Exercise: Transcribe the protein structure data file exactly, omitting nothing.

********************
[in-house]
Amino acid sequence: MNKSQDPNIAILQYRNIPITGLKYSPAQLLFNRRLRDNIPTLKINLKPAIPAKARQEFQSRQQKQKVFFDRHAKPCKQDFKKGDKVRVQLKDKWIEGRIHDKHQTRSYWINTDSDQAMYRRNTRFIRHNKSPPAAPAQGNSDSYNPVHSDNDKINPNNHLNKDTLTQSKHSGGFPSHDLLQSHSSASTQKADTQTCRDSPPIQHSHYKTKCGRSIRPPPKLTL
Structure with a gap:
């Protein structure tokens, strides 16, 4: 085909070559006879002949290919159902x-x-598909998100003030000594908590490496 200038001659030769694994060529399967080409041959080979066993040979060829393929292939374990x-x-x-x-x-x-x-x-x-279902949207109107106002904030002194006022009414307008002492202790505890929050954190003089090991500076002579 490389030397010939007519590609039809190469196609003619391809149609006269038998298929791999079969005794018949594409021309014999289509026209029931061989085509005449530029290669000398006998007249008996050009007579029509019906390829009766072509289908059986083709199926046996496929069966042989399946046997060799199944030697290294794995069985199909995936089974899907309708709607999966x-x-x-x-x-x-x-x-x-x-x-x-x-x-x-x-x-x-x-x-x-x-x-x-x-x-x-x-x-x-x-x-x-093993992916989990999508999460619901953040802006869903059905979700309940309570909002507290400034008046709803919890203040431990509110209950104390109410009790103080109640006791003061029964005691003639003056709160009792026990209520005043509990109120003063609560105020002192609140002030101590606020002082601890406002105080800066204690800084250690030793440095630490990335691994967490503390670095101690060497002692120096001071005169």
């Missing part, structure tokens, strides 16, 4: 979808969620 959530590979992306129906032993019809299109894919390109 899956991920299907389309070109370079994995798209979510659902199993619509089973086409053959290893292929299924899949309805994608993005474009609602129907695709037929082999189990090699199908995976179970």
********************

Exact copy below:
[in-house]
Amino acid sequence: MNKSQDPNIAILQYRNIPITGLKYSPAQLLFNRRLRDNIPTLKINLKPAIPAKARQEFQSRQQKQKVFFDRHAKPCKQDFKKGDKVRVQLKDKWIEGRIHDKHQTRSYWINTDSDQAMYRRNTRFIRHNKSPPAAPAQGNSDSYNPVHSDNDKINPNNHLNKDTLTQSKHSGGFPSHDLLQSHSSASTQKADTQTCRDSPPIQHSHYKTKCGRSIRPPPKLTL
Structure with a gap:
């Protein structure tokens, strides 16, 4: 085909070559006879002949290919159902x-x-598909998100003030000594908590490496 200038001659030769694994060529399967080409041959080979066993040979060829393929292939374990x-x-x-x-x-x-x-x-x-279902949207109107106002904030002194006022009414307008002492202790505890929050954190003089090991500076002579 490389030397010939007519590609039809190469196609003619391809149609006269038998298929791999079969005794018949594409021309014999289509026209029931061989085509005449530029290669000398006998007249008996050009007579029509019906390829009766072509289908059986083709199926046996496929069966042989399946046997060799199944030697290294794995069985199909995936089974899907309708709607999966x-x-x-x-x-x-x-x-x-x-x-x-x-x-x-x-x-x-x-x-x-x-x-x-x-x-x-x-x-x-x-x-x-093993992916989990999508999460619901953040802006869903059905979700309940309570909002507290400034008046709803919890203040431990509110209950104390109410009790103080109640006791003061029964005691003639003056709160009792026990209520005043509990109120003063609560105020002192609140002030101590606020002082601890406002105080800066204690800084250690030793440095630490990335691994967490503390670095101690060497002692120096001071005169």
């Missing part, structure tokens, strides 16, 4: 979808969620 959530590979992306129906032993019809299109894919390109 899956991920299907389309070109370079994995798209979510659902199993619509089973086409053959290893292929299924899949309805994608993005474009609602129907695709037929082999189990090699199908995976179970």